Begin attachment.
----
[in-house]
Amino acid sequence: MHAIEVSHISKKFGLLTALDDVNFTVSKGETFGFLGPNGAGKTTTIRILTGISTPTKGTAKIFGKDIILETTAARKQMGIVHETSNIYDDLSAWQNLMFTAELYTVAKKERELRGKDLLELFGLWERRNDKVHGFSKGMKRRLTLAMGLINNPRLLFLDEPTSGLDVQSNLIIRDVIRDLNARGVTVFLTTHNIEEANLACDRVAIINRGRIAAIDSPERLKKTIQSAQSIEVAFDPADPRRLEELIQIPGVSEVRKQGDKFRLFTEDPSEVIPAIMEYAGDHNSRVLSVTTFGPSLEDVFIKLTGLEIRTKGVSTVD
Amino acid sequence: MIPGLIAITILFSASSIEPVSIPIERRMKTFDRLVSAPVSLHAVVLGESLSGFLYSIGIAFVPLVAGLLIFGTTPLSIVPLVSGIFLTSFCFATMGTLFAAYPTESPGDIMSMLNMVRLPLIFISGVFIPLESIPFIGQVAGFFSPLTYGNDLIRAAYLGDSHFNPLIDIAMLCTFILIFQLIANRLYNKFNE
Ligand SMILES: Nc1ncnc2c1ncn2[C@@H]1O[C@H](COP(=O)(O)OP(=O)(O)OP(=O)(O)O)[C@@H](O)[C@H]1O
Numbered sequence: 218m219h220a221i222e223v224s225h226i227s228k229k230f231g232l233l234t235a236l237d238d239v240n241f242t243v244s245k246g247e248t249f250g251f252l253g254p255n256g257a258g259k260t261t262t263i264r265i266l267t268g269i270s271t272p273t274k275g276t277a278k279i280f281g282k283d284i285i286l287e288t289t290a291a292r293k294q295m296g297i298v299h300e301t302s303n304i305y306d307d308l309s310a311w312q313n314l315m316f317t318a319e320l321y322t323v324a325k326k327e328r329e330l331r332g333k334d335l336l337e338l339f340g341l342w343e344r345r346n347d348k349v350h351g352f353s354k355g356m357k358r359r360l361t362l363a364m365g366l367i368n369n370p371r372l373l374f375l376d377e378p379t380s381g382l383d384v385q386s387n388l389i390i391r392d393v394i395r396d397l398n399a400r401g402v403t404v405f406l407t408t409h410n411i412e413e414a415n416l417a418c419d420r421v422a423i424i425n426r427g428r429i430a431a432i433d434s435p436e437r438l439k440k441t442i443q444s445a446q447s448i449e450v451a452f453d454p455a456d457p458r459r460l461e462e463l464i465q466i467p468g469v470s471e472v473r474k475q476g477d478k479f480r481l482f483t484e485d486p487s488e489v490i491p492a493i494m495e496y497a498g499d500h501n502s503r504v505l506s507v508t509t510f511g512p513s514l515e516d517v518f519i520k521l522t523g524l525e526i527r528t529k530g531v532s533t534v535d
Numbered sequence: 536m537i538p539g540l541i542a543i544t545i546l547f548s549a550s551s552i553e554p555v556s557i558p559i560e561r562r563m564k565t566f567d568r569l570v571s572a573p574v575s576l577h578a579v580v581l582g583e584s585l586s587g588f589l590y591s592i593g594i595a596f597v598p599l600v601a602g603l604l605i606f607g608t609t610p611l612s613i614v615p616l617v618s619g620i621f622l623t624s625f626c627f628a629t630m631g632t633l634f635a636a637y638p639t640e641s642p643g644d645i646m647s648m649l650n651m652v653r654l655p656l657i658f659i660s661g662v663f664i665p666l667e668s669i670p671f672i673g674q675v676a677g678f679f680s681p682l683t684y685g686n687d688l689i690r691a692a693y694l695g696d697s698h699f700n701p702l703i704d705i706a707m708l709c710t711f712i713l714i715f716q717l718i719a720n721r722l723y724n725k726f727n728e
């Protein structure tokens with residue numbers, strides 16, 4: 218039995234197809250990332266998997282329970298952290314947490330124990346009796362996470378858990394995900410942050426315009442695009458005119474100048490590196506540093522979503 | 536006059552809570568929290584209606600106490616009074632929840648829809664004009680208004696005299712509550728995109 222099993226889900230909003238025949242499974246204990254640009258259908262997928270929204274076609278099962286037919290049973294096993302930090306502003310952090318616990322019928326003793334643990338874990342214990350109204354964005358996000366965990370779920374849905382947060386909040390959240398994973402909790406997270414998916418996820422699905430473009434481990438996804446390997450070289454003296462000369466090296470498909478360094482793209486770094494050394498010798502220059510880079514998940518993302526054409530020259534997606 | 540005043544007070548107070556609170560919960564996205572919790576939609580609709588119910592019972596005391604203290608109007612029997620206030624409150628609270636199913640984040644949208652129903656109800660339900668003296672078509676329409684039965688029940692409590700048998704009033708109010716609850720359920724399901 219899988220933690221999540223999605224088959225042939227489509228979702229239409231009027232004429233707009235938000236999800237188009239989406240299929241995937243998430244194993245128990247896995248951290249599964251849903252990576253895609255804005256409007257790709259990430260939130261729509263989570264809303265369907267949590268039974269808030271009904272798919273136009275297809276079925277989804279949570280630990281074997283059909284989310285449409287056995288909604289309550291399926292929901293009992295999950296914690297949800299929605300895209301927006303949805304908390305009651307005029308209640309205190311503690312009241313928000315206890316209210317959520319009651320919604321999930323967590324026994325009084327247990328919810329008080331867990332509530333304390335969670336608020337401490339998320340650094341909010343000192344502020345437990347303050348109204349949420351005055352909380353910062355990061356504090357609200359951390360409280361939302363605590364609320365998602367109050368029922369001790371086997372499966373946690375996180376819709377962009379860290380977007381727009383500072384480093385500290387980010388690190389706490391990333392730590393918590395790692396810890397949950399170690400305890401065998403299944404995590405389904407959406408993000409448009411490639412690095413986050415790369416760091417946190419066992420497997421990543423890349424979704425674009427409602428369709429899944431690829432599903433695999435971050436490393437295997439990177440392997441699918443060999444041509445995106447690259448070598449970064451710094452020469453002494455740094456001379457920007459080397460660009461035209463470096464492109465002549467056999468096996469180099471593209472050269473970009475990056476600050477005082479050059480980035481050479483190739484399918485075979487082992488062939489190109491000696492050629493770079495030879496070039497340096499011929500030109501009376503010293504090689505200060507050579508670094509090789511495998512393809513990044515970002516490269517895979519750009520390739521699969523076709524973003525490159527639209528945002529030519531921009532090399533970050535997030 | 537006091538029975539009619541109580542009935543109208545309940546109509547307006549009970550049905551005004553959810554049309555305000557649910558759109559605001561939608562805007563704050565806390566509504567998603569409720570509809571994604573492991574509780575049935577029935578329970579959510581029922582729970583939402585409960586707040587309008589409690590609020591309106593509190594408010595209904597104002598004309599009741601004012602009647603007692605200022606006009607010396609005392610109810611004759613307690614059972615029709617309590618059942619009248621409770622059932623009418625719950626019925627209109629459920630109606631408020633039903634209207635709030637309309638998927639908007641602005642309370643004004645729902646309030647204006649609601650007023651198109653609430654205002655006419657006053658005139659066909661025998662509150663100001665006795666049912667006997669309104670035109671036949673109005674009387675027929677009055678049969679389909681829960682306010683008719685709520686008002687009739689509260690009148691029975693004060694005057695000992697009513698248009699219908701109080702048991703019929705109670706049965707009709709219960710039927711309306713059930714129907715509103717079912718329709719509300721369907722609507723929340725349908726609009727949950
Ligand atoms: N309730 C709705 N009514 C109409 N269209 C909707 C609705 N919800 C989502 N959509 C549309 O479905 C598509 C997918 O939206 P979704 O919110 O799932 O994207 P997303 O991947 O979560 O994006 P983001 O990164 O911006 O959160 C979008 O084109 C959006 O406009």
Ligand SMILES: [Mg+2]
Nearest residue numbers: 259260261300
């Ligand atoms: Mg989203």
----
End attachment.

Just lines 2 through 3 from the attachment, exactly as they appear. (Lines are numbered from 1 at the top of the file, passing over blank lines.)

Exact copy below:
Amino acid sequence: MHAIEVSHISKKFGLLTALDDVNFTVSKGETFGFLGPNGAGKTTTIRILTGISTPTKGTAKIFGKDIILETTAARKQMGIVHETSNIYDDLSAWQNLMFTAELYTVAKKERELRGKDLLELFGLWERRNDKVHGFSKGMKRRLTLAMGLINNPRLLFLDEPTSGLDVQSNLIIRDVIRDLNARGVTVFLTTHNIEEANLACDRVAIINRGRIAAIDSPERLKKTIQSAQSIEVAFDPADPRRLEELIQIPGVSEVRKQGDKFRLFTEDPSEVIPAIMEYAGDHNSRVLSVTTFGPSLEDVFIKLTGLEIRTKGVSTVD
Amino acid sequence: MIPGLIAITILFSASSIEPVSIPIERRMKTFDRLVSAPVSLHAVVLGESLSGFLYSIGIAFVPLVAGLLIFGTTPLSIVPLVSGIFLTSFCFATMGTLFAAYPTESPGDIMSMLNMVRLPLIFISGVFIPLESIPFIGQVAGFFSPLTYGNDLIRAAYLGDSHFNPLIDIAMLCTFILIFQLIANRLYNKFNE